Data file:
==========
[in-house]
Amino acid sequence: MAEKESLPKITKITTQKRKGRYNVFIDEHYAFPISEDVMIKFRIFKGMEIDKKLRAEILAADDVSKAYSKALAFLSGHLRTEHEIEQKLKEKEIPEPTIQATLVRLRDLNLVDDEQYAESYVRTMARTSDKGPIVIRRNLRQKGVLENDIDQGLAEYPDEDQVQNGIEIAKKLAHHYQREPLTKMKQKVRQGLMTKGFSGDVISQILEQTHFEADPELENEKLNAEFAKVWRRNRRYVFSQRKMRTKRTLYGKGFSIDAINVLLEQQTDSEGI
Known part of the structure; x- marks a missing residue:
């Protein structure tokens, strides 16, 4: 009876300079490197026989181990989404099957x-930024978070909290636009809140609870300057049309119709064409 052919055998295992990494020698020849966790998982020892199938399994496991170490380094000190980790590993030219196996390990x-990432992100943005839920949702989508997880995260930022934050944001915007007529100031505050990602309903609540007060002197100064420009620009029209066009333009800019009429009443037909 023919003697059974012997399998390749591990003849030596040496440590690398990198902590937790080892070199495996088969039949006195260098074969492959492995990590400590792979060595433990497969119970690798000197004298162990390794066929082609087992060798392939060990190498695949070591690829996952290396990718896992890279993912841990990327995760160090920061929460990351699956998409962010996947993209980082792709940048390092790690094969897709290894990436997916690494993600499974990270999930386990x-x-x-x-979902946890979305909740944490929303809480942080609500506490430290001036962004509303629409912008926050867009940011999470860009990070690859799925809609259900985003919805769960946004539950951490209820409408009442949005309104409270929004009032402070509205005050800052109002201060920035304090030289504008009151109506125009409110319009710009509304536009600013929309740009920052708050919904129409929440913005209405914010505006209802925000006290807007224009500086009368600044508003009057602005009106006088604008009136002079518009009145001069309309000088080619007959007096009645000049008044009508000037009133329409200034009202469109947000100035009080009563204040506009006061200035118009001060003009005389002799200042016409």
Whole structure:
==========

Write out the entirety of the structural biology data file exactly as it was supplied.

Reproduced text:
[in-house]
Amino acid sequence: MAEKESLPKITKITTQKRKGRYNVFIDEHYAFPISEDVMIKFRIFKGMEIDKKLRAEILAADDVSKAYSKALAFLSGHLRTEHEIEQKLKEKEIPEPTIQATLVRLRDLNLVDDEQYAESYVRTMARTSDKGPIVIRRNLRQKGVLENDIDQGLAEYPDEDQVQNGIEIAKKLAHHYQREPLTKMKQKVRQGLMTKGFSGDVISQILEQTHFEADPELENEKLNAEFAKVWRRNRRYVFSQRKMRTKRTLYGKGFSIDAINVLLEQQTDSEGI
Known part of the structure; x- marks a missing residue:
């Protein structure tokens, strides 16, 4: 009876300079490197026989181990989404099957x-930024978070909290636009809140609870300057049309119709064409 052919055998295992990494020698020849966790998982020892199938399994496991170490380094000190980790590993030219196996390990x-990432992100943005839920949702989508997880995260930022934050944001915007007529100031505050990602309903609540007060002197100064420009620009029209066009333009800019009429009443037909 023919003697059974012997399998390749591990003849030596040496440590690398990198902590937790080892070199495996088969039949006195260098074969492959492995990590400590792979060595433990497969119970690798000197004298162990390794066929082609087992060798392939060990190498695949070591690829996952290396990718896992890279993912841990990327995760160090920061929460990351699956998409962010996947993209980082792709940048390092790690094969897709290894990436997916690494993600499974990270999930386990x-x-x-x-979902946890979305909740944490929303809480942080609500506490430290001036962004509303629409912008926050867009940011999470860009990070690859799925809609259900985003919805769960946004539950951490209820409408009442949005309104409270929004009032402070509205005050800052109002201060920035304090030289504008009151109506125009409110319009710009509304536009600013929309740009920052708050919904129409929440913005209405914010505006209802925000006290807007224009500086009368600044508003009057602005009106006088604008009136002079518009009145001069309309000088080619007959007096009645000049008044009508000037009133329409200034009202469109947000100035009080009563204040506009006061200035118009001060003009005389002799200042016409």
Whole structure: